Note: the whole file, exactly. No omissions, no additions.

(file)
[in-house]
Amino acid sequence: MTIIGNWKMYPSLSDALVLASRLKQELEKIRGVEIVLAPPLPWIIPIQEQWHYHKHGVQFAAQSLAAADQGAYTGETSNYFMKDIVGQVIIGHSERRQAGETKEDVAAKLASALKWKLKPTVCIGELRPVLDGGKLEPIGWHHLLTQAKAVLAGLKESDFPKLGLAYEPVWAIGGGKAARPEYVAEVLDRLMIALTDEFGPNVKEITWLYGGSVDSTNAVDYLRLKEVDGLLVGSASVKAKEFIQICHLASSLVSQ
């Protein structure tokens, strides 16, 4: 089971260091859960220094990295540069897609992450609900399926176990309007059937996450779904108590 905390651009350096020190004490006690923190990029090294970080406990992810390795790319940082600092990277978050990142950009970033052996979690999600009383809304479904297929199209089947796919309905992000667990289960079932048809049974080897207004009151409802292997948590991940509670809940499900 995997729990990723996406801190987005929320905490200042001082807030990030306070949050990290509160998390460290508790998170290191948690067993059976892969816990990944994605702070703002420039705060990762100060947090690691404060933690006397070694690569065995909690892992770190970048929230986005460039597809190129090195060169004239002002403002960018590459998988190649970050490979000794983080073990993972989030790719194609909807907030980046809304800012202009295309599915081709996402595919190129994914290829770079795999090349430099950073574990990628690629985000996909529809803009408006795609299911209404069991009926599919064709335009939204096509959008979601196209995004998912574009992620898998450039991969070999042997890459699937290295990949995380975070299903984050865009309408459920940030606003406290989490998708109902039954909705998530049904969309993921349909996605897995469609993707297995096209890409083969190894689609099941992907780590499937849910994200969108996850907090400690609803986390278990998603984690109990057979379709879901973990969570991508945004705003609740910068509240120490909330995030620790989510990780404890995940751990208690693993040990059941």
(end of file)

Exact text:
[in-house]
Amino acid sequence: MTIIGNWKMYPSLSDALVLASRLKQELEKIRGVEIVLAPPLPWIIPIQEQWHYHKHGVQFAAQSLAAADQGAYTGETSNYFMKDIVGQVIIGHSERRQAGETKEDVAAKLASALKWKLKPTVCIGELRPVLDGGKLEPIGWHHLLTQAKAVLAGLKESDFPKLGLAYEPVWAIGGGKAARPEYVAEVLDRLMIALTDEFGPNVKEITWLYGGSVDSTNAVDYLRLKEVDGLLVGSASVKAKEFIQICHLASSLVSQ
């Protein structure tokens, strides 16, 4: 089971260091859960220094990295540069897609992450609900399926176990309007059937996450779904108590 905390651009350096020190004490006690923190990029090294970080406990992810390795790319940082600092990277978050990142950009970033052996979690999600009383809304479904297929199209089947796919309905992000667990289960079932048809049974080897207004009151409802292997948590991940509670809940499900 995997729990990723996406801190987005929320905490200042001082807030990030306070949050990290509160998390460290508790998170290191948690067993059976892969816990990944994605702070703002420039705060990762100060947090690691404060933690006397070694690569065995909690892992770190970048929230986005460039597809190129090195060169004239002002403002960018590459998988190649970050490979000794983080073990993972989030790719194609909807907030980046809304800012202009295309599915081709996402595919190129994914290829770079795999090349430099950073574990990628690629985000996909529809803009408006795609299911209404069991009926599919064709335009939204096509959008979601196209995004998912574009992620898998450039991969070999042997890459699937290295990949995380975070299903984050865009309408459920940030606003406290989490998708109902039954909705998530049904969309993921349909996605897995469609993707297995096209890409083969190894689609099941992907780590499937849910994200969108996850907090400690609803986390278990998603984690109990057979379709879901973990969570991508945004705003609740910068509240120490909330995030620790989510990780404890995940751990208690693993040990059941």